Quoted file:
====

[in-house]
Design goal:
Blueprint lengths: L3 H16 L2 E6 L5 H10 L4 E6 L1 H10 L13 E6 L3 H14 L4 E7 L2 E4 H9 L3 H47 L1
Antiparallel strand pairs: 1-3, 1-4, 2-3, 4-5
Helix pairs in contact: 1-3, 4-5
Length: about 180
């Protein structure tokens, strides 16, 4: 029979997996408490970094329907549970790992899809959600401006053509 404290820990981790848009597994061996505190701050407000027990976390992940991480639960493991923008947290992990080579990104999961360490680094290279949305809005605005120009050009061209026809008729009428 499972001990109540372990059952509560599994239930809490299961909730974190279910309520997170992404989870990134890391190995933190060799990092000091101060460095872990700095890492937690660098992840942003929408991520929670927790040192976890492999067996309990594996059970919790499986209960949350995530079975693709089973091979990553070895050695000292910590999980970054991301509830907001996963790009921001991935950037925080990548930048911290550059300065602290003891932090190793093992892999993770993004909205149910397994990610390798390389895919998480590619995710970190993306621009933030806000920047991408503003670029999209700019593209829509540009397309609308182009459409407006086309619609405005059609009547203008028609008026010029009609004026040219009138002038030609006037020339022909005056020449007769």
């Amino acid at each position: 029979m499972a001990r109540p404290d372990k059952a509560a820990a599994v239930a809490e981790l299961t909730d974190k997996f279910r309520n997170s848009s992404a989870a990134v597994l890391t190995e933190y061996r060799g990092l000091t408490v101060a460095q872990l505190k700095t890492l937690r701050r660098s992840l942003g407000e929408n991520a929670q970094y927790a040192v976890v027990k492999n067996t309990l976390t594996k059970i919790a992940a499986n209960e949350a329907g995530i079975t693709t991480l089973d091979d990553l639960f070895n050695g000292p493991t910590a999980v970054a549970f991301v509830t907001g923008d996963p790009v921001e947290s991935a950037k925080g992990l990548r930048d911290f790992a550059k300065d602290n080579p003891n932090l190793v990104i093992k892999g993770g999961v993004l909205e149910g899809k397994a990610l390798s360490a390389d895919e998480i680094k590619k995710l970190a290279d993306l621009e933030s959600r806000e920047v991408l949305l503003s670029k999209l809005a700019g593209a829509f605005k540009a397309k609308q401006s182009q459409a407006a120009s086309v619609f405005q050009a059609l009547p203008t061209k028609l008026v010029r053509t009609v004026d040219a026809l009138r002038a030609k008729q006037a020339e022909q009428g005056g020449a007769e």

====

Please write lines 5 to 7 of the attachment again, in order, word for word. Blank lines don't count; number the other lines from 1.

Helix pairs in contact: 1-3, 4-5
Length: about 180
């Protein structure tokens, strides 16, 4: 029979997996408490970094329907549970790992899809959600401006053509 404290820990981790848009597994061996505190701050407000027990976390992940991480639960493991923008947290992990080579990104999961360490680094290279949305809005605005120009050009061209026809008729009428 499972001990109540372990059952509560599994239930809490299961909730974190279910309520997170992404989870990134890391190995933190060799990092000091101060460095872990700095890492937690660098992840942003929408991520929670927790040192976890492999067996309990594996059970919790499986209960949350995530079975693709089973091979990553070895050695000292910590999980970054991301509830907001996963790009921001991935950037925080990548930048911290550059300065602290003891932090190793093992892999993770993004909205149910397994990610390798390389895919998480590619995710970190993306621009933030806000920047991408503003670029999209700019593209829509540009397309609308182009459409407006086309619609405005059609009547203008028609008026010029009609004026040219009138002038030609006037020339022909005056020449007769």